Subtle Headline of the Week Award goes to the Wall Street Journal for Hugo Restall’s story ‘Hong Kong was Better under the British’. Ouch. Hugo’s other recent piece on the Big Lychee ponders ‘The Absurdity of Empire’ in the city – the absurdity being Henry Tang and the imperialism being that of Beijing, as experienced also by Tibet and Xinjiang. Some people just don’t care if they’re not invited to National Day cocktails.
One of the awkward side-effects for Beijing of the 2012 Hong Kong Chief Executive ‘election’ fiasco is the open, and surprisingly personal, hostility that has broken out between the rival teams of Henry and CY Leung. The tycoon-centred business community is a vital part of the Communist Party’s United Front in Hong Kong, and public, divisive nastiness within the trusted establishment ‘elite’ theoretically represents a potential threat to Party control over the city.
The allusions to wolves and oblique questioning of integrity seem quite tame by the standards of Republican primary candidates. But in face-saving Hong Kong it is serious: this is a small town, and these guys will need to get on together and see eye to eye in future.
Beijing’s typical response to willfulness and indiscipline is a clampdown. Remember the barrage of propaganda in the wake of 2003 about patriotism, who decides constitutional reform and the possible ‘sidelining’ of Hong Kong. As in 2003, Hong Kong has strayed from the path Beijing had carved, and this time big businessmen and the media took part. (Indeed, the pro-democrats, usually busy subverting the city at the behest of their American masters, have played only a minor role.) In due course, someone is in for some re-education.
Meanwhile, ‘Wolf-man CY Leung’ officially enters the rigged-but-farcical quasi-election with a relatively handsome number of nominations. The endorsements are lopsided, however. The agricultural and fisheries folk, for example, just want attention for their long-dead industries. The pro-Beijing labour unions want concessions on workers’ rights from Henry. And the few tycoons backing CY are the oddballs, loners and outsiders of their milieu. Walter Kwok – of the Sun Hung Kai family – never got over a traumatic kidnapping and disgraced the dynasty’s matriarch with an affair; Ronnie Chan is a clown. The public-sector figures in the CY camp no doubt have sincere views on the need for reform, but they are also gambling on the off-chance they could end up being medium fish in a small pond: they won’t get a position under Henry, so what is there to lose?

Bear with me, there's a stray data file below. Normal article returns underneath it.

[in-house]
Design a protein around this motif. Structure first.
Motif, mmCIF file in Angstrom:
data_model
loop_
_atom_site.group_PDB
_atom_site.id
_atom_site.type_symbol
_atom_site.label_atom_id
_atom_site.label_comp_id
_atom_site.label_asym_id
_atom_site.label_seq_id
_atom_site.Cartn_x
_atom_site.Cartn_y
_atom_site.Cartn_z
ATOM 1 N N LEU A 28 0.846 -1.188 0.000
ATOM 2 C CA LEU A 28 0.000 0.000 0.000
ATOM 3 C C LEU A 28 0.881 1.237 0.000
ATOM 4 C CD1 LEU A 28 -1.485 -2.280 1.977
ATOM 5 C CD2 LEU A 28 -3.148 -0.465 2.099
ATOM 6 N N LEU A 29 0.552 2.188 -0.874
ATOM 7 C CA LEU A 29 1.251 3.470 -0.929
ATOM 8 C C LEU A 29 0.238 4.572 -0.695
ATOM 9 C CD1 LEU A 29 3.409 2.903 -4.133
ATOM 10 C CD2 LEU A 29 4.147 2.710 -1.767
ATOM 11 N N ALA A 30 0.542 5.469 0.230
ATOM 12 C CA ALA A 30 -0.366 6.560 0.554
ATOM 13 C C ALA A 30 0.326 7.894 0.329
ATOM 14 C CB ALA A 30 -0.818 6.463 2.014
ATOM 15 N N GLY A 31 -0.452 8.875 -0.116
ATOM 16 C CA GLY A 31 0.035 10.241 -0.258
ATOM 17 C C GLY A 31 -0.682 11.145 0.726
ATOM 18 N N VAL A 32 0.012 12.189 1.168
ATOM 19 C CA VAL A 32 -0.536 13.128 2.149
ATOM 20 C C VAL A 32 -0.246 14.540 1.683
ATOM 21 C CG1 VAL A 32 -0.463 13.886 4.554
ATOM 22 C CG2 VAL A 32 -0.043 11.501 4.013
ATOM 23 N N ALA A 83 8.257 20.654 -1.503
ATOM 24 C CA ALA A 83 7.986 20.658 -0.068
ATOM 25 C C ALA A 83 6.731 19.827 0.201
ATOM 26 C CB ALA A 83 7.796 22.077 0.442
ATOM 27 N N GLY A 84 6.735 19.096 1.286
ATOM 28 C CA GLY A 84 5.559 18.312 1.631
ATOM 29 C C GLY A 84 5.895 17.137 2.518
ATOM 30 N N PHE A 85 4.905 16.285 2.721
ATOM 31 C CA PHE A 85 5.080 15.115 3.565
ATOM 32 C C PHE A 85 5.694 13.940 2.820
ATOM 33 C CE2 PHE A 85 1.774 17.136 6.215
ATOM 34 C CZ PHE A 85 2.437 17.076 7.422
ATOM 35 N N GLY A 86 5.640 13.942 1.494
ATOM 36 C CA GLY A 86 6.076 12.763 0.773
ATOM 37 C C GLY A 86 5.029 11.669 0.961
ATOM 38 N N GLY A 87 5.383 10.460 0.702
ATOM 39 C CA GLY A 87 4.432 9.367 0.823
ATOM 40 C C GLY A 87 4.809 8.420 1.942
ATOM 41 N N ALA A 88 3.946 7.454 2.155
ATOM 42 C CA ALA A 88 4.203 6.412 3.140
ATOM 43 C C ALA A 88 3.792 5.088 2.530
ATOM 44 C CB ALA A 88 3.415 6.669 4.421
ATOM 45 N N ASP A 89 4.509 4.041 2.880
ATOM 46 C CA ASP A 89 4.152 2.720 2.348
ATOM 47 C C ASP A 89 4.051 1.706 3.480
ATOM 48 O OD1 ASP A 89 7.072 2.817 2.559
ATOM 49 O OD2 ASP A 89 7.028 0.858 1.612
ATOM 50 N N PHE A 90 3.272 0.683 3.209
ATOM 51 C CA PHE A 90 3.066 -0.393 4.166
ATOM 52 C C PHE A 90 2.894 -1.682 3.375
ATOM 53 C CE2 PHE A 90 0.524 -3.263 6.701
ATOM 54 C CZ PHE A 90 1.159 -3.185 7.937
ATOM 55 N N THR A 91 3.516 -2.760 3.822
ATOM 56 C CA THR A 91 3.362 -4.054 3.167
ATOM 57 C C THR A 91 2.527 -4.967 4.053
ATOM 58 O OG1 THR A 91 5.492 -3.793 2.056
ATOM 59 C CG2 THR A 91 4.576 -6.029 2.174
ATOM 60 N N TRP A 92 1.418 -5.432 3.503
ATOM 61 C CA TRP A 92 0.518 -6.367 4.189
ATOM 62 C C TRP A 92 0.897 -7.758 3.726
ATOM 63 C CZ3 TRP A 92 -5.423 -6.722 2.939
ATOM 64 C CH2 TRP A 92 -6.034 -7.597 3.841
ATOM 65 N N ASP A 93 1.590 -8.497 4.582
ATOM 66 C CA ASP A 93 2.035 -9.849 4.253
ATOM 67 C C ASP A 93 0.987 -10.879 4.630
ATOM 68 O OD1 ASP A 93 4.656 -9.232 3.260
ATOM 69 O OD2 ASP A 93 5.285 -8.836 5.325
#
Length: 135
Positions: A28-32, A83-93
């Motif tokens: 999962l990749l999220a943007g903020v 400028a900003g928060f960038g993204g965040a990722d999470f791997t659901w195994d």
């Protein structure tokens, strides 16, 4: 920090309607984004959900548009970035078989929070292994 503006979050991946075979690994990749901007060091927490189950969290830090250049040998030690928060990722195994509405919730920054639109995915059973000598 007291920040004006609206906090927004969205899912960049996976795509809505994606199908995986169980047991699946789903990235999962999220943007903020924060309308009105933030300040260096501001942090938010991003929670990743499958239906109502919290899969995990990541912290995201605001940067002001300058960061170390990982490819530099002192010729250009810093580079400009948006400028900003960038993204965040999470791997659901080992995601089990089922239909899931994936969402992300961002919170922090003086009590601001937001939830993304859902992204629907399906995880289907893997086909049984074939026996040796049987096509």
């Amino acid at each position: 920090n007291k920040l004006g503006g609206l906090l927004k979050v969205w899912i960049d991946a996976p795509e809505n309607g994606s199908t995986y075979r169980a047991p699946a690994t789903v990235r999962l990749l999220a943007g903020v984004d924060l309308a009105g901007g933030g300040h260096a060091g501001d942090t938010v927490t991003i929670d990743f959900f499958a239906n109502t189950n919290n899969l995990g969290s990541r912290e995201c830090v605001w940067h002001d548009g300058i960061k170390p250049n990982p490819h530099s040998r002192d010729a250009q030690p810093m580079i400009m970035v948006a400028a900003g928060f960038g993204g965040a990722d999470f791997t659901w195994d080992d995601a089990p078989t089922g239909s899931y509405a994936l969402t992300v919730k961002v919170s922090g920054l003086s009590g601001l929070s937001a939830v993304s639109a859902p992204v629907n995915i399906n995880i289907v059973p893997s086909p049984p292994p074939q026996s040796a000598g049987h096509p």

China Daily, in adding up the nominations, categorizes 140 as ‘reserved for Jasper Tsang [Yok-sing]’. Reserved for the phone call from Beijing’s local officials telling them what to do, would be more like it. In an unpredictable world, there are some things you can always rely on, and one is the Democratic Alliance for the Betterment Etc of HK. The National People’s Congress deputies are similarly, mostly, obedient. And eventually most of the patriotic labour people, tycoons and others will do as they are told, even if it takes some arm-twisting. The result will be what Beijing wants it to be; the ‘broadly representative’ Election Committee is too carefully assembled to produce any other outcome. But even so – what a mess. There will be repercussions, and they won’t involve a Central People’s Government pledge to stop trying to micromanage Hong Kong so obsessively.